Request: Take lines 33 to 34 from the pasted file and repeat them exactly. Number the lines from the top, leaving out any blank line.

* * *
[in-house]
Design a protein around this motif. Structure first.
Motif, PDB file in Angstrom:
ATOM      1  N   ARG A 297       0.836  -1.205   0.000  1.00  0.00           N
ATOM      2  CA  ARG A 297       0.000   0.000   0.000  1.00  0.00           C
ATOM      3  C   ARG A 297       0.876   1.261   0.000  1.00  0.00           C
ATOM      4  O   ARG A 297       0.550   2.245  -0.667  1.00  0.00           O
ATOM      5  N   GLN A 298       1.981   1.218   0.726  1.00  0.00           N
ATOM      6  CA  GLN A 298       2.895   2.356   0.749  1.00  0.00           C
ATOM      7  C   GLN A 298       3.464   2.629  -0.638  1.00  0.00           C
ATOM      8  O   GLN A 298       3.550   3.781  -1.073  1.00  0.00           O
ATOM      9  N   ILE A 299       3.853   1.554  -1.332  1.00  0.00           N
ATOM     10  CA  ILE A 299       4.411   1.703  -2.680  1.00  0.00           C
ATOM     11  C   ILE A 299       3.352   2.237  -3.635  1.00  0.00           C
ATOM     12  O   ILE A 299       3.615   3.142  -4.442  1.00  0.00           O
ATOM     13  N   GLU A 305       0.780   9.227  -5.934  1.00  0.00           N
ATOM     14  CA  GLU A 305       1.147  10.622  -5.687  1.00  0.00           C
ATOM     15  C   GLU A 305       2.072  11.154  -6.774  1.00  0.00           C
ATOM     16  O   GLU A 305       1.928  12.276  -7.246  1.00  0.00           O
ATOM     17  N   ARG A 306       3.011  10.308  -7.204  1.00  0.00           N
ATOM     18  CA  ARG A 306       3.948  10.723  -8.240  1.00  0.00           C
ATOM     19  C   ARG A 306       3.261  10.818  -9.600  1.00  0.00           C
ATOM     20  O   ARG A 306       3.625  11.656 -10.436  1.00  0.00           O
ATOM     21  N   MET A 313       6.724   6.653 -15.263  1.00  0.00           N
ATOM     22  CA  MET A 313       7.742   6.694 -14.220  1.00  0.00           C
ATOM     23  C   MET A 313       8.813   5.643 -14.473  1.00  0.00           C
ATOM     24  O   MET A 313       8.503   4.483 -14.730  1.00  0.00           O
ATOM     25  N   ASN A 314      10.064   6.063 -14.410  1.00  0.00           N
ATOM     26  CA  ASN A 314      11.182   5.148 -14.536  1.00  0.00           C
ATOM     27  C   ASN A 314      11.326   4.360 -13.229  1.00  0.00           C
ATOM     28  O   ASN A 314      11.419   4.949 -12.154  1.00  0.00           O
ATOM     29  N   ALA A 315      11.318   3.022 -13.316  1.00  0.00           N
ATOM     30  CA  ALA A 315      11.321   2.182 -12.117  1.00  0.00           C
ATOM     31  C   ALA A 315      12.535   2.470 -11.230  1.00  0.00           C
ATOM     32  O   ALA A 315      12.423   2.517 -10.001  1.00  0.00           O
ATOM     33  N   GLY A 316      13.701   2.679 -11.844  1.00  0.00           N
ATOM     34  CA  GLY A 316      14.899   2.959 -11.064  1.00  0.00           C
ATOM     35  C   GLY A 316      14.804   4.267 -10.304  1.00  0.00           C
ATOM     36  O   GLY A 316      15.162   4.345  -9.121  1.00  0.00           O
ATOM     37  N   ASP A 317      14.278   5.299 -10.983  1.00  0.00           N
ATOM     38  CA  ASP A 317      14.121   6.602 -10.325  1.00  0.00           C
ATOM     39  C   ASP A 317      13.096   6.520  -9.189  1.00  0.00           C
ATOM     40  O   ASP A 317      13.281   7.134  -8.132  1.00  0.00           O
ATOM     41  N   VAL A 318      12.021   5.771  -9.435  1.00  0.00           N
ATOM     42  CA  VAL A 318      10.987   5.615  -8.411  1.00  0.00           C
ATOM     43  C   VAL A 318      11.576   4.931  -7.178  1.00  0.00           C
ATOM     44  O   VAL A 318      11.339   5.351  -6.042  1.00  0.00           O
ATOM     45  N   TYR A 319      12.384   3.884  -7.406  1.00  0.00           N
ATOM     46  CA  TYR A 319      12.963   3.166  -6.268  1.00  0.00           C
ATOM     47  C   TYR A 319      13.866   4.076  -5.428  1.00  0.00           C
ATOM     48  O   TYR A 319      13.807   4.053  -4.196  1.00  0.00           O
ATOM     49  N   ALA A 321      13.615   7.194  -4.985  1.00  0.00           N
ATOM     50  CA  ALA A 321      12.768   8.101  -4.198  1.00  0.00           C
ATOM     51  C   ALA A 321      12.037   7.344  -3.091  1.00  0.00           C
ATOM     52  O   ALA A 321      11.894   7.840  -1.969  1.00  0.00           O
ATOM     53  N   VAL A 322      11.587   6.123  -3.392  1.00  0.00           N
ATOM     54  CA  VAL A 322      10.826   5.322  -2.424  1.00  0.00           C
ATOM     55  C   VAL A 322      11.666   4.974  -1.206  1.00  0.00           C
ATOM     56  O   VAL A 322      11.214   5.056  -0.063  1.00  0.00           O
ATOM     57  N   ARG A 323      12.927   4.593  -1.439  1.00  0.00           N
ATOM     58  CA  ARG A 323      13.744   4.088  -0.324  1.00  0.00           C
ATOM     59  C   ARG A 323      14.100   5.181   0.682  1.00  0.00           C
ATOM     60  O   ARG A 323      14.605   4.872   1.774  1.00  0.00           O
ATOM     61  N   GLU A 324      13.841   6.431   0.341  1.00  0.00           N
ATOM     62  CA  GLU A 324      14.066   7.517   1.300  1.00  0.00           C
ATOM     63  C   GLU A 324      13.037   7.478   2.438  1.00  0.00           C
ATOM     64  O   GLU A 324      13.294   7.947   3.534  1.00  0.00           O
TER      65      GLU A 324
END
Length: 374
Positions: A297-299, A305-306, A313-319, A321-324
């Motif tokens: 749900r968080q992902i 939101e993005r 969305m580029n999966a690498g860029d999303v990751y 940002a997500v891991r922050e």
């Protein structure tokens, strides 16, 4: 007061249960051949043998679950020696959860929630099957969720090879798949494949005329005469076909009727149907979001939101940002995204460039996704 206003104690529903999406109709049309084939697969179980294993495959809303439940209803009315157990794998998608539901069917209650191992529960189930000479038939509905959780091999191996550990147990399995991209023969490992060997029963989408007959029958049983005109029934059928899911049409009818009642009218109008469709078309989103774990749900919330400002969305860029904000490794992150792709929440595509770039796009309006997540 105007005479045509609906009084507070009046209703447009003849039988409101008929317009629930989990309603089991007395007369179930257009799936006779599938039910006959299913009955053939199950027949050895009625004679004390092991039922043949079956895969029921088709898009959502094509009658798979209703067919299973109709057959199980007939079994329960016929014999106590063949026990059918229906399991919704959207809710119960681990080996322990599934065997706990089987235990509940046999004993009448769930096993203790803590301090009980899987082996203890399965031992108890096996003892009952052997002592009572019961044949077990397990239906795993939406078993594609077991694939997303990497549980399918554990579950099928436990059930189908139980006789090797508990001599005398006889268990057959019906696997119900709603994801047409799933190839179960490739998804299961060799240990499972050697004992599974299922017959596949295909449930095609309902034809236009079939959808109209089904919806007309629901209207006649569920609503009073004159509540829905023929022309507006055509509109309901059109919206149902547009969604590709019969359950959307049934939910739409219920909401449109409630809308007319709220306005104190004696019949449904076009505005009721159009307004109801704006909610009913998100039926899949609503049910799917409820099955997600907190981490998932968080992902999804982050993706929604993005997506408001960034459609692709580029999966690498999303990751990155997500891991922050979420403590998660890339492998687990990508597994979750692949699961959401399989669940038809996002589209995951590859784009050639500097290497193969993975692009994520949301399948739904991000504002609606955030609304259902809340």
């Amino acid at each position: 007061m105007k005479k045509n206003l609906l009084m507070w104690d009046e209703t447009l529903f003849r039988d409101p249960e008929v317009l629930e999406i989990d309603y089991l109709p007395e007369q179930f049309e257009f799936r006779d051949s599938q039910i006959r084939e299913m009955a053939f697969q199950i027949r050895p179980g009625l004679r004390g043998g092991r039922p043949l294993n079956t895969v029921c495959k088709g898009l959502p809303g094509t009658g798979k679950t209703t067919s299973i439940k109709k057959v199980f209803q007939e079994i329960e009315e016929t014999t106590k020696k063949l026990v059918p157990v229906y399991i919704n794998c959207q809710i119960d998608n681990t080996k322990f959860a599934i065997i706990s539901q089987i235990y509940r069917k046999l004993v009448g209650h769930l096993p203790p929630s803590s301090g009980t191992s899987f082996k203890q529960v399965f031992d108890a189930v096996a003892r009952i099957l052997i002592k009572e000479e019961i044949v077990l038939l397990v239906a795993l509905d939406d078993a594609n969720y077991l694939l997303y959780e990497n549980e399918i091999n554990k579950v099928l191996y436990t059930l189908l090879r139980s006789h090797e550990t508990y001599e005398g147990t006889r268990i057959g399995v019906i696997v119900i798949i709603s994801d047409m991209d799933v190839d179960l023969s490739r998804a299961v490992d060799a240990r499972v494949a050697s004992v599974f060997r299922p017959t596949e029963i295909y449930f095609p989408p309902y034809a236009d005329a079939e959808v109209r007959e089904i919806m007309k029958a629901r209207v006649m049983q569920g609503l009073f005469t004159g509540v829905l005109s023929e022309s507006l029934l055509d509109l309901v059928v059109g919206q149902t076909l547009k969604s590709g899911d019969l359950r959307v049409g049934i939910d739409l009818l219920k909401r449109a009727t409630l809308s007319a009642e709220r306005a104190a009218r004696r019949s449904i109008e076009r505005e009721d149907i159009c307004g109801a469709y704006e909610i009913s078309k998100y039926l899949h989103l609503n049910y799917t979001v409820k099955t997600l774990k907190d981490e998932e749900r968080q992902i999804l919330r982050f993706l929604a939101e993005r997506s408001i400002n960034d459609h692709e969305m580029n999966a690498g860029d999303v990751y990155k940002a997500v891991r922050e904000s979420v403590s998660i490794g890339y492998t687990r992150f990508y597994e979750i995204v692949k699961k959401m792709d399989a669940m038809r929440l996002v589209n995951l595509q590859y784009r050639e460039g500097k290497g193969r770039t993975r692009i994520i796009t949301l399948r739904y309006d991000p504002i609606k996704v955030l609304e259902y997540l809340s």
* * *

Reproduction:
ATOM     30  CA  ALA A 315      11.321   2.182 -12.117  1.00  0.00           C
ATOM     31  C   ALA A 315      12.535   2.470 -11.230  1.00  0.00           C